Interdiction du territoire francais ("interdiction d'entrée et de séjour"): a person may be prohibited for entering or remaining in France, either as sole penalty ("à titre principal") or as an additional penalty. The ban may be temporary (a certain number of years) or permanent. Before the person can re-enter France or apply for French residency, the ban must either have run its course or have been formally waived. Under normal circumstances, a request for a ban to be waived can only be made either by someone in prison in France or by someone abroad.

Interpellation: the moment when a person is first stopped by the police. It is important to note the exact time when this happens, as the duration of both the "contrìle d'identité" and the "garde-à-vue" are measured from that moment.

Invitation à Quitter to le Territoire (IQT): An Invitation to Quit French Territory is an administrative measure, forwarded by post, usually at the same time as a residents' permit is refused [i.e. you have requested a residents' permit and the authorities ("Prefecture") have refused it]. Usually allows a period of one month for the recipient to quit France, under their own steam. In practice, you are considered as legally resident for one month after the IQT has been received, but at the end of the period you will receive an APRF. You have two months to appeal against an IQT and this appeal is not suspensive.

juge délégué: see 35bis below.

Laissez-passer du pays de renvoi: a document without which no one is deported, certifying that the country to which you are being deported is prepared to accept you. The "Prefecture" must obtain this document from the Consulate or Embassy of the country concerned, either by taking you physically from a detention centre to the Consulate or Embassy in question, or by requesting that a representative from the Consulate or Embassy visit the detention centre where you are being held. It is much easier and quicker for the "Prefecture" to obtain this document once they are in possession of your passport (for instance, if you are under house arrest). Your friends may wish to put pressure on the Embassies and Consulates involved to ensure that they refuse to provide the document, in which case you cannot be deported.

Main courante: duty-log established by police people during a "contrìle d'identité" interrogation. It consists of a simple statement which, unlike formal charges, does not necessarily imply prosecution. However, if legal proceedings ensue, it does constitute evidence. As with all interrogations in a police station, you are entitled to silence and may refuse to sign a statement.

Menace pour ordre public (threat to public order): this is an ill-defined notion (surprise, surprise) which, in practice, is invoked by the administrative authorities (police) at will in order to justify the application of severely repressive measures. It does not relate to a formal offence and does not generally form part of any sentence given by a magistrate in court. It may however be invoked to justify refusing to allow someone entry into France or to establish emergency deportation measures. It is sometimes qualified by the term "serious" ("menace grave pour ordre public").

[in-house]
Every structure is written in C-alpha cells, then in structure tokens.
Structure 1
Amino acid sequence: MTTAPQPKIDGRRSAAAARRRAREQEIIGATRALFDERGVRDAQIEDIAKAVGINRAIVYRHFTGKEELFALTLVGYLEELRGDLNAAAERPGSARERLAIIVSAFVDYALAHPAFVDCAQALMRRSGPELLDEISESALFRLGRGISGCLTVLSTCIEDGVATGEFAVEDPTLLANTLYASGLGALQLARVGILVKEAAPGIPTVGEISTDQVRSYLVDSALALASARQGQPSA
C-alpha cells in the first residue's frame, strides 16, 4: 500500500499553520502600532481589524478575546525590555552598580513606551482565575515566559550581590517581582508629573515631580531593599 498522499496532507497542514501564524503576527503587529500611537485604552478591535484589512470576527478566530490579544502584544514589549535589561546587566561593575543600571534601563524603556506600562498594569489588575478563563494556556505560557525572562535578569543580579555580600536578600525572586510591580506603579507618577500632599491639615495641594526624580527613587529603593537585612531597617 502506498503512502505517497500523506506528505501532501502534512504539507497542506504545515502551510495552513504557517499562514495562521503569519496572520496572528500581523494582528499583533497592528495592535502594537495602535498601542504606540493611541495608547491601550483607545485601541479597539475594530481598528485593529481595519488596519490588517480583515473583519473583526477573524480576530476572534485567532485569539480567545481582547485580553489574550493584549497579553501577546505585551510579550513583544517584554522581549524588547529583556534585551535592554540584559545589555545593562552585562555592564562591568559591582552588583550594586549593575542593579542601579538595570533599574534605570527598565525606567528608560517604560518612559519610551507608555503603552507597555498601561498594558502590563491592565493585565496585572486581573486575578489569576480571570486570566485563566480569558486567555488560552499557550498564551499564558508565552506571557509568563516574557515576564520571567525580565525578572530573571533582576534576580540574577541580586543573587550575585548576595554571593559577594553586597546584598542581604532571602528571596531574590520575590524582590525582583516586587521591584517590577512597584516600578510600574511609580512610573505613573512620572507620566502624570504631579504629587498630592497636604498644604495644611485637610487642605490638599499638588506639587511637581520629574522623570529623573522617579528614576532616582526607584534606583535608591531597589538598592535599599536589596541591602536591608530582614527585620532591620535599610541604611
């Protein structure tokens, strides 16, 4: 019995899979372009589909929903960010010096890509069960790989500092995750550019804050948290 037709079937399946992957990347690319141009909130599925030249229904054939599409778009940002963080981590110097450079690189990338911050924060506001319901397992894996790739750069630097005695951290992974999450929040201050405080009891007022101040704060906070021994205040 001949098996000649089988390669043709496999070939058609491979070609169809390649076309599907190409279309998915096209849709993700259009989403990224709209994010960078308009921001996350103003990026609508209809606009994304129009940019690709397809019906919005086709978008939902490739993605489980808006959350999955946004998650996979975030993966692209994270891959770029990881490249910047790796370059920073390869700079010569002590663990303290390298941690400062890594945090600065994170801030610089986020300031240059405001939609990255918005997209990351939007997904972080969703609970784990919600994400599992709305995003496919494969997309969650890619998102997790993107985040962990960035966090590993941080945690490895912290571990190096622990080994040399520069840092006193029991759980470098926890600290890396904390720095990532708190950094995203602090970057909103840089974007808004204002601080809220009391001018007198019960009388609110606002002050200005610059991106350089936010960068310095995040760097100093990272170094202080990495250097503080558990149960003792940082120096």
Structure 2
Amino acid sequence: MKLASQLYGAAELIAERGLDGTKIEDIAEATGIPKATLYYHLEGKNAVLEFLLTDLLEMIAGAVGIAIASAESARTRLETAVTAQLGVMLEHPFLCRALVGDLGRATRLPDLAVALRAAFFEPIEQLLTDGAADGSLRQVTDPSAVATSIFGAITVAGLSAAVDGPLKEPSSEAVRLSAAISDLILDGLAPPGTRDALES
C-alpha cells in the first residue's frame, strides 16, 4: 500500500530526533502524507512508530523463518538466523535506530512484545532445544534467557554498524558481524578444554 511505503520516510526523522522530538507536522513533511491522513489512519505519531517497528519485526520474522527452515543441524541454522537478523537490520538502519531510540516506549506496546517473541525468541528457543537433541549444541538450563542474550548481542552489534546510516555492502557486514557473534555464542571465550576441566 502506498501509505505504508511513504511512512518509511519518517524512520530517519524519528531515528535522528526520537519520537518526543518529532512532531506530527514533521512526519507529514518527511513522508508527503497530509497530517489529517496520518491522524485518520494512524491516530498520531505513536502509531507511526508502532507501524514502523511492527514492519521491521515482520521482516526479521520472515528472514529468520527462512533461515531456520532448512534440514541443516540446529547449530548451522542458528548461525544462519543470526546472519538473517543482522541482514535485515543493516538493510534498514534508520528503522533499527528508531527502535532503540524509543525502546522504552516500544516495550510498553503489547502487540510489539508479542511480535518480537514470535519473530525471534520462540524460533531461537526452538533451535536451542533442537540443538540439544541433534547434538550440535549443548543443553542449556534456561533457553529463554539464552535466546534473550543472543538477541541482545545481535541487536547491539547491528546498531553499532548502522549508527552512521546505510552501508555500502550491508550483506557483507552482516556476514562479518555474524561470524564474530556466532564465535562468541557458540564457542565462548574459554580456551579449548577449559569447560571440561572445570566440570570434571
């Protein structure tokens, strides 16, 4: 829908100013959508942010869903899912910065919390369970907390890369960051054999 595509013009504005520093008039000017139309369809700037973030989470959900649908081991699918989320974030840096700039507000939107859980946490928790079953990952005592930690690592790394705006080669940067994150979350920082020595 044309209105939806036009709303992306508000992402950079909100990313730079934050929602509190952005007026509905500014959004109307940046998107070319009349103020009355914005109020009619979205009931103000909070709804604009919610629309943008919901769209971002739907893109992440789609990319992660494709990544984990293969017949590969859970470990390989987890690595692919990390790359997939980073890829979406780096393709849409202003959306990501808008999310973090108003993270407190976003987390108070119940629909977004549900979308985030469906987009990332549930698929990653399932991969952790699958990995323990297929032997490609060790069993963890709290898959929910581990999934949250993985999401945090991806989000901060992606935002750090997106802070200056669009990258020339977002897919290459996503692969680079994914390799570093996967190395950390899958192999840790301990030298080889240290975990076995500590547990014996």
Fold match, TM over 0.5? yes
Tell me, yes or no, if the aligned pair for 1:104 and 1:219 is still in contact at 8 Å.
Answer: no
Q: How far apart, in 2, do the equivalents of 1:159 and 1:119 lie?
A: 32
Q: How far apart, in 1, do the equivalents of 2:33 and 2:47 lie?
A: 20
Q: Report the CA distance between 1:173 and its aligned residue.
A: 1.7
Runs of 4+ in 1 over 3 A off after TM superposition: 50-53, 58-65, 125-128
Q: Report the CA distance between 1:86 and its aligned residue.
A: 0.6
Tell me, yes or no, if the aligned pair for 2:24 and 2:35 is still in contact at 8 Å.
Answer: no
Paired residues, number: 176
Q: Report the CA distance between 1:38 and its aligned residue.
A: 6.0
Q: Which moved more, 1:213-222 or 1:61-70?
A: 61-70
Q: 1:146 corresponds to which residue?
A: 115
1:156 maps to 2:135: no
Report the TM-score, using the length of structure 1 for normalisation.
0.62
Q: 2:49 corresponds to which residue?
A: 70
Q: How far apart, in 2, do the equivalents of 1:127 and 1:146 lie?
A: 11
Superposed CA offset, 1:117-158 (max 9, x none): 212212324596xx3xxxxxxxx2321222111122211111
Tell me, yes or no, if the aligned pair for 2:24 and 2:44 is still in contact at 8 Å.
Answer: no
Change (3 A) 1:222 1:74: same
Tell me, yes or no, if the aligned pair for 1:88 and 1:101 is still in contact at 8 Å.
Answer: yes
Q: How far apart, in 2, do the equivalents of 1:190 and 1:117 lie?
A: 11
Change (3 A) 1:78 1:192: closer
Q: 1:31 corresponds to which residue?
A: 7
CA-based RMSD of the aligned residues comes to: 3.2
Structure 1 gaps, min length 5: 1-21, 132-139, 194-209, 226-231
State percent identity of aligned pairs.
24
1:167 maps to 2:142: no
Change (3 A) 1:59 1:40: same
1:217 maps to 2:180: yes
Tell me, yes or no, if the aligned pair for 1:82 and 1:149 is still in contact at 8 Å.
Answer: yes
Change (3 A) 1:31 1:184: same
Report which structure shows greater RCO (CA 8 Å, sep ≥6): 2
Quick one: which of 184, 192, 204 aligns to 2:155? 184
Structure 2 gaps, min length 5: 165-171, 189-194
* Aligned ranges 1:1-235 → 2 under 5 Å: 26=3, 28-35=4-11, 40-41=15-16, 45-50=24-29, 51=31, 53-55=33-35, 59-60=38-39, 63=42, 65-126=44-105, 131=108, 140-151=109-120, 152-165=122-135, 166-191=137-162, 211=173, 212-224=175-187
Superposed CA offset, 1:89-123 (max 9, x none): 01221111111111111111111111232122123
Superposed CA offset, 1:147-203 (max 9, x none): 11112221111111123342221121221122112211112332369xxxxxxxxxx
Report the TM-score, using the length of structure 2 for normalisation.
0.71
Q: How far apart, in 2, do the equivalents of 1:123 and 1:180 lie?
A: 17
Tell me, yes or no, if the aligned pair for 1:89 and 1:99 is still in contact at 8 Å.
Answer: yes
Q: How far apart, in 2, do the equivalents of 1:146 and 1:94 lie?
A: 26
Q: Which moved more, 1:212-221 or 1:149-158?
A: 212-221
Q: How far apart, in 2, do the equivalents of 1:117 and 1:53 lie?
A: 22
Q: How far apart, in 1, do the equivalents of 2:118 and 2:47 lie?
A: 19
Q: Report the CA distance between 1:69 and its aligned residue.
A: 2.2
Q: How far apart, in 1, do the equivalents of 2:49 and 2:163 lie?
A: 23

Palpation: unlike a body search ("fouille à corps"), palpation means prodding someone's clothes. The suspect may be asked to remove an overcoat but not to get undressed. Similarly, pockets may be felt from the outside, but not searched. Palpation may take place prior to an identity check ("contrpole d'identité") or prior to entering a police vehicle. It must be performed by a woman on women.

Procédure administrative: this term refers to any proceedings which are not judicial and therefore in the sole remit of the authorities. Thus, administrative procedure regarding people without a valid residents' permit are in the sole remit of the police and the "Prefecture". In order to protest an administrative decision, one must lodge an appeal before a special tribunal, known as the "Tribunal Administratif" (TA), whose magistrates are not - unlike magistrates at the "Tribunal de Grande Instance" - guarantors of civic liberties. This means they do not have the power to have you released on grounds of procedural flaws or in order to protect your rights. Their job is to examine the validity of the administrative decision which has been reached in your case.

Procäs Verbal: a statement drawn up by a police officer, a policeman, a detective or a magistrate (in the French legal system, the term "magistrate" refers either to a presiding magistrate or judge, or to a public prosecutor) establishing what he has done, what he has heard or what he has observed. A written record of an interrogation is a form of "procäs-verbal" and the defendant is entitled to refuse to sign it.